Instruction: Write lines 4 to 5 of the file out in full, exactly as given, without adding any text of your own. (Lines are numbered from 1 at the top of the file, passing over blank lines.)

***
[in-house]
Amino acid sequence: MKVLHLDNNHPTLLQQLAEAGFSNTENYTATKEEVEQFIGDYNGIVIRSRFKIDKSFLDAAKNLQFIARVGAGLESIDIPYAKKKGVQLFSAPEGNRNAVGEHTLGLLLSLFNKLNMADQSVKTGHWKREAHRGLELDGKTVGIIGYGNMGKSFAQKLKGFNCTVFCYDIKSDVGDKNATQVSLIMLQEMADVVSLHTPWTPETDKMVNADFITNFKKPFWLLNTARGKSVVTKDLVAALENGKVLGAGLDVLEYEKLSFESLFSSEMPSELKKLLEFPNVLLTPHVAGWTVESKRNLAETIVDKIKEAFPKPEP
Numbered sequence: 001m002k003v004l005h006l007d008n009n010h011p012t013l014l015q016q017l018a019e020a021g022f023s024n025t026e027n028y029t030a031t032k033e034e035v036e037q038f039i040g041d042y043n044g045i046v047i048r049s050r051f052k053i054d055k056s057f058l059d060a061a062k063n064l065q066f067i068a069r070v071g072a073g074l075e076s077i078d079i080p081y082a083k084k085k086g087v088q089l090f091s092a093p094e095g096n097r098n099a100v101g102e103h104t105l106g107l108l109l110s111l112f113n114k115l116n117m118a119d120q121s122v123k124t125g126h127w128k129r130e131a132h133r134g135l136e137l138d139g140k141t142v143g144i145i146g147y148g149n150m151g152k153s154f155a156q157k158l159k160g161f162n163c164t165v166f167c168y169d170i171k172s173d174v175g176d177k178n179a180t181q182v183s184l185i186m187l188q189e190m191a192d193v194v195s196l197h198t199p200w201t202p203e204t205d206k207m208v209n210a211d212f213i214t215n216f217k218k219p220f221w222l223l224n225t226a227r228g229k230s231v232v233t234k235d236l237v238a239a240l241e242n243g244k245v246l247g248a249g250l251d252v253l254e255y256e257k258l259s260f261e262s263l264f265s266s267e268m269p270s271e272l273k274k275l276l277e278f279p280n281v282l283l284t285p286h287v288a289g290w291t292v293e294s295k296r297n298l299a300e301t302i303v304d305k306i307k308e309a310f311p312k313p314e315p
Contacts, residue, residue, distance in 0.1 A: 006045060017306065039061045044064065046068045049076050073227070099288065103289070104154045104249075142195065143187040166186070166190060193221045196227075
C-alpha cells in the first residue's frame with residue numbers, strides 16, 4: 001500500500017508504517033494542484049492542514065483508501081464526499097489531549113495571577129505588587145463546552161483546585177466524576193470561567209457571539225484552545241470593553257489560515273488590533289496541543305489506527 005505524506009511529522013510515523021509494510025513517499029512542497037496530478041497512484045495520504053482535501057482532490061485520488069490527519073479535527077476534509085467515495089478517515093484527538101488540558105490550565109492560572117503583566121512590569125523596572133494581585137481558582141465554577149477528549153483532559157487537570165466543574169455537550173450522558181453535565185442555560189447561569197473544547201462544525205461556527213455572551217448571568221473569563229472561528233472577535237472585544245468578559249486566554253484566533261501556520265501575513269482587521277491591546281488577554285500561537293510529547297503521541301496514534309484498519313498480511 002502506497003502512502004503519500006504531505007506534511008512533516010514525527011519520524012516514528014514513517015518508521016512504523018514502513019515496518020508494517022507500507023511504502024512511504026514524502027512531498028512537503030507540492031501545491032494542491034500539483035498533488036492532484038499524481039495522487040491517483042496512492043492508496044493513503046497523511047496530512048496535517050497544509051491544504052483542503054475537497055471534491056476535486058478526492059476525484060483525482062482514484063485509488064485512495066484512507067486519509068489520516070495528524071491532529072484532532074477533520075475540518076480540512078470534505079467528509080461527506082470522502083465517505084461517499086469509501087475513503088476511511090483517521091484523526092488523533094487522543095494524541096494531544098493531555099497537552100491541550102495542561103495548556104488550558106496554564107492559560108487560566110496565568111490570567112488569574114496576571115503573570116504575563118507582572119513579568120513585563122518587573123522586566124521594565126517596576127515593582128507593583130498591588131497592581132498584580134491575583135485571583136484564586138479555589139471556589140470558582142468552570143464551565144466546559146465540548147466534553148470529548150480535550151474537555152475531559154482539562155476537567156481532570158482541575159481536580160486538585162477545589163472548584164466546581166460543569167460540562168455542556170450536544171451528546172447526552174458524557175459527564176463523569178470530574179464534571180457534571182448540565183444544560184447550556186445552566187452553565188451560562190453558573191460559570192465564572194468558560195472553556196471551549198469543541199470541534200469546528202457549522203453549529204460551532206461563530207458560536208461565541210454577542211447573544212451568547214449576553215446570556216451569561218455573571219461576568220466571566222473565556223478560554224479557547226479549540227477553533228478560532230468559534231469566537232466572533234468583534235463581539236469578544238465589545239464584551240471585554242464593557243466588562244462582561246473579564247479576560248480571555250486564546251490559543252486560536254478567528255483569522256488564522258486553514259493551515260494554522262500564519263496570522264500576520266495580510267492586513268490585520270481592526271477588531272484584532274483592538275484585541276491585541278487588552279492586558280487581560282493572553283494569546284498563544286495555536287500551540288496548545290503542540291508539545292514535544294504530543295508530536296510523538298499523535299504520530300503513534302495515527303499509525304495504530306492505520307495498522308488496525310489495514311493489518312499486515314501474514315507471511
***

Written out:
Contacts, residue, residue, distance in 0.1 A: 006045060017306065039061045044064065046068045049076050073227070099288065103289070104154045104249075142195065143187040166186070166190060193221045196227075
C-alpha cells in the first residue's frame with residue numbers, strides 16, 4: 001500500500017508504517033494542484049492542514065483508501081464526499097489531549113495571577129505588587145463546552161483546585177466524576193470561567209457571539225484552545241470593553257489560515273488590533289496541543305489506527 005505524506009511529522013510515523021509494510025513517499029512542497037496530478041497512484045495520504053482535501057482532490061485520488069490527519073479535527077476534509085467515495089478517515093484527538101488540558105490550565109492560572117503583566121512590569125523596572133494581585137481558582141465554577149477528549153483532559157487537570165466543574169455537550173450522558181453535565185442555560189447561569197473544547201462544525205461556527213455572551217448571568221473569563229472561528233472577535237472585544245468578559249486566554253484566533261501556520265501575513269482587521277491591546281488577554285500561537293510529547297503521541301496514534309484498519313498480511 002502506497003502512502004503519500006504531505007506534511008512533516010514525527011519520524012516514528014514513517015518508521016512504523018514502513019515496518020508494517022507500507023511504502024512511504026514524502027512531498028512537503030507540492031501545491032494542491034500539483035498533488036492532484038499524481039495522487040491517483042496512492043492508496044493513503046497523511047496530512048496535517050497544509051491544504052483542503054475537497055471534491056476535486058478526492059476525484060483525482062482514484063485509488064485512495066484512507067486519509068489520516070495528524071491532529072484532532074477533520075475540518076480540512078470534505079467528509080461527506082470522502083465517505084461517499086469509501087475513503088476511511090483517521091484523526092488523533094487522543095494524541096494531544098493531555099497537552100491541550102495542561103495548556104488550558106496554564107492559560108487560566110496565568111490570567112488569574114496576571115503573570116504575563118507582572119513579568120513585563122518587573123522586566124521594565126517596576127515593582128507593583130498591588131497592581132498584580134491575583135485571583136484564586138479555589139471556589140470558582142468552570143464551565144466546559146465540548147466534553148470529548150480535550151474537555152475531559154482539562155476537567156481532570158482541575159481536580160486538585162477545589163472548584164466546581166460543569167460540562168455542556170450536544171451528546172447526552174458524557175459527564176463523569178470530574179464534571180457534571182448540565183444544560184447550556186445552566187452553565188451560562190453558573191460559570192465564572194468558560195472553556196471551549198469543541199470541534200469546528202457549522203453549529204460551532206461563530207458560536208461565541210454577542211447573544212451568547214449576553215446570556216451569561218455573571219461576568220466571566222473565556223478560554224479557547226479549540227477553533228478560532230468559534231469566537232466572533234468583534235463581539236469578544238465589545239464584551240471585554242464593557243466588562244462582561246473579564247479576560248480571555250486564546251490559543252486560536254478567528255483569522256488564522258486553514259493551515260494554522262500564519263496570522264500576520266495580510267492586513268490585520270481592526271477588531272484584532274483592538275484585541276491585541278487588552279492586558280487581560282493572553283494569546284498563544286495555536287500551540288496548545290503542540291508539545292514535544294504530543295508530536296510523538298499523535299504520530300503513534302495515527303499509525304495504530306492505520307495498522308488496525310489495514311493489518312499486515314501474514315507471511